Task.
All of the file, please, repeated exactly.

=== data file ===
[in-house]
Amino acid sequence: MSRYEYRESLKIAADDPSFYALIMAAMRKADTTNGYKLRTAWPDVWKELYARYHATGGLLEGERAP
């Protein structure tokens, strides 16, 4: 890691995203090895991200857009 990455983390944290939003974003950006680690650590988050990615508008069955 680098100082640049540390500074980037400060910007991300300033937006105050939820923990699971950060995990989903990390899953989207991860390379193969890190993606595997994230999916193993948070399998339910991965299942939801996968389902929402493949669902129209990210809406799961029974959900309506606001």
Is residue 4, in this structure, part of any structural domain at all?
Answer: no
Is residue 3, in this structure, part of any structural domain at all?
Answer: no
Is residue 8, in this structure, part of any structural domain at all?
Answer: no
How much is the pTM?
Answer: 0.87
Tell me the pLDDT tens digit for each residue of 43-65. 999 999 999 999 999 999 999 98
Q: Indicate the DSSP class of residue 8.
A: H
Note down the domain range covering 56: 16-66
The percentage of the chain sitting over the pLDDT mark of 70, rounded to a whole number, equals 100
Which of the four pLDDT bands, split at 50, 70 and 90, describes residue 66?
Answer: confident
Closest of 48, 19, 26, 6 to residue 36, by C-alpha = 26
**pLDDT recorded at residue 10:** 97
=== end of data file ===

[in-house]
Amino acid sequence: MSRYEYRESLKIAADDPSFYALIMAAMRKADTTNGYKLRTAWPDVWKELYARYHATGGLLEGERAP
């Protein structure tokens, strides 16, 4: 890691995203090895991200857009 990455983390944290939003974003950006680690650590988050990615508008069955 680098100082640049540390500074980037400060910007991300300033937006105050939820923990699971950060995990989903990390899953989207991860390379193969890190993606595997994230999916193993948070399998339910991965299942939801996968389902929402493949669902129209990210809406799961029974959900309506606001």
Is residue 4, in this structure, part of any structural domain at all?
Answer: no
Is residue 3, in this structure, part of any structural domain at all?
Answer: no
Is residue 8, in this structure, part of any structural domain at all?
Answer: no
How much is the pTM?
Answer: 0.87
Tell me the pLDDT tens digit for each residue of 43-65. 999 999 999 999 999 999 999 98
Q: Indicate the DSSP class of residue 8.
A: H
Note down the domain range covering 56: 16-66
The percentage of the chain sitting over the pLDDT mark of 70, rounded to a whole number, equals 100
Which of the four pLDDT bands, split at 50, 70 and 90, describes residue 66?
Answer: confident
Closest of 48, 19, 26, 6 to residue 36, by C-alpha = 26
**pLDDT recorded at residue 10:** 97